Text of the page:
May 16, 2013 in City
Prison staffer accused of sexual misconduct
Airway Heights Corrections Center is investigating a second woman on staff accused of having sex with an inmate.
The employee, identified in court documents as Siri A. Crain, had sex with a convicted murderer in a staff bathroom, those documents say. The encounter was reported to the prison by an anonymous tipster.
Crain, who supervises prisoners in a textile shop in the facility’s Correctional Industries, is on paid leave while the Airway Heights Police Department investigates, according to prison Superintendent Maggie Miller-Stout.
Crain faces a potential charge of custodial sexual misconduct.
In a previous case, charges were filed this week against Sarah Brooks, a therapist in the Sex Offender Treatment Program at the Airway Heights prison. She resigned April 11 when confronted about an inappropriate relationship with another inmate.
Miller-Stout referred both cases to Airway Heights police. The two cases are not related, she said.
The inmate in Crain’s case was sentenced as a juvenile to 23 years in prison in 1999 for second-degree murder. He stabbed a man to death at an East Central home, according to prior news reports.
Corrections staff found photos of a nude woman with a dragon tattoo on her hip in the inmate’s cell. Investigators knew Crain had a similar tattoo because of a previous arrest.
The prisoner reportedly made 92 phone calls to Crain from the prison. They coordinated their phone calls around her estranged husband’s work schedule, court records say, and had phone sex on Valentine’s Day.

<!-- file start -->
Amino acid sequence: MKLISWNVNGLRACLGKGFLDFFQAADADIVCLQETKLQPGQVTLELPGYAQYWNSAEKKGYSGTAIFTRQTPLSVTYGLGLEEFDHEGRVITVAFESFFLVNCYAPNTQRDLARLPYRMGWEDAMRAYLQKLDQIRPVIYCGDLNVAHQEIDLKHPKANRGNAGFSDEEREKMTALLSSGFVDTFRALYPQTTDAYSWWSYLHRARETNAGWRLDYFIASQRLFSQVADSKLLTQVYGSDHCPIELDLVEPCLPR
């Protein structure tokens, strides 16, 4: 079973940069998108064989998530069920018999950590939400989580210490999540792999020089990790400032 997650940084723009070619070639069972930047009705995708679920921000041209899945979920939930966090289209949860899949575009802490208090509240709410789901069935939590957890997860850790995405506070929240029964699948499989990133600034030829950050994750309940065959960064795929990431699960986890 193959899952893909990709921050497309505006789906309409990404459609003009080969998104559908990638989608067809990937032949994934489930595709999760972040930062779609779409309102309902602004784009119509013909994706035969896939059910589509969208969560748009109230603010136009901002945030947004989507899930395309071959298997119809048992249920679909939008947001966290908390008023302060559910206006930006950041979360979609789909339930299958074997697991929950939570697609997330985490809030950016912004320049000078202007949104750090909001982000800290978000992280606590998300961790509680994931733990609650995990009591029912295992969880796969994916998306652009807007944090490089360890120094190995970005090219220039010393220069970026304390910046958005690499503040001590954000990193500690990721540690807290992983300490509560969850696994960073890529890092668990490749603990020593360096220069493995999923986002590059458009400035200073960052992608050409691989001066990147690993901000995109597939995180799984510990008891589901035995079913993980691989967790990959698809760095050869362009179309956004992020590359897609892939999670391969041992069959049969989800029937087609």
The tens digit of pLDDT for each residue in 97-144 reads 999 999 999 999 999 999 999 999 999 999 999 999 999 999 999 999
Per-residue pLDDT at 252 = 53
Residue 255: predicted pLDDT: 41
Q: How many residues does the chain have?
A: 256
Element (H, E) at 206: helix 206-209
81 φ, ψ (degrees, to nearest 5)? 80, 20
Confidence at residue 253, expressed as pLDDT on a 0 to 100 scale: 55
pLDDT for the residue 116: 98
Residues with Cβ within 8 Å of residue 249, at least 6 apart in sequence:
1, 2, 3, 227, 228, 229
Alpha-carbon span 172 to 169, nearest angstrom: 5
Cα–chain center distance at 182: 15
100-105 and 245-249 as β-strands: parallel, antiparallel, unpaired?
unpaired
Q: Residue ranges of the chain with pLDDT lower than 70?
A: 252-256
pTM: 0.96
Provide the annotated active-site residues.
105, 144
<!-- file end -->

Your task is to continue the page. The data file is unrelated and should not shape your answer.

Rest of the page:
Investigators seized Crain’s luggage as she returned from a trip to Arizona, according to court records. They found two photos of the prisoner and a handwritten poem inside her bags.
They also found a book called “Do You Know Your Husband?” The companion book, “Do You Know Your Wife?” was found in the inmate’s cell, court records show.
The prison plans to boost training for staff about misconduct and offender manipulation, although it’s already part of their training curriculum.
“People engage in relationships for all sorts of reasons, and there’s no one specific reason or factor,” Miller-Stout said. “It’s really clear from our policies and trainings – relationships between staff and offenders are not allowed, but people in general do things they’re not supposed to.”
There have been a handful of cases where a relationship was starting but supervisors intervened before it got physical, Miller-Stout said.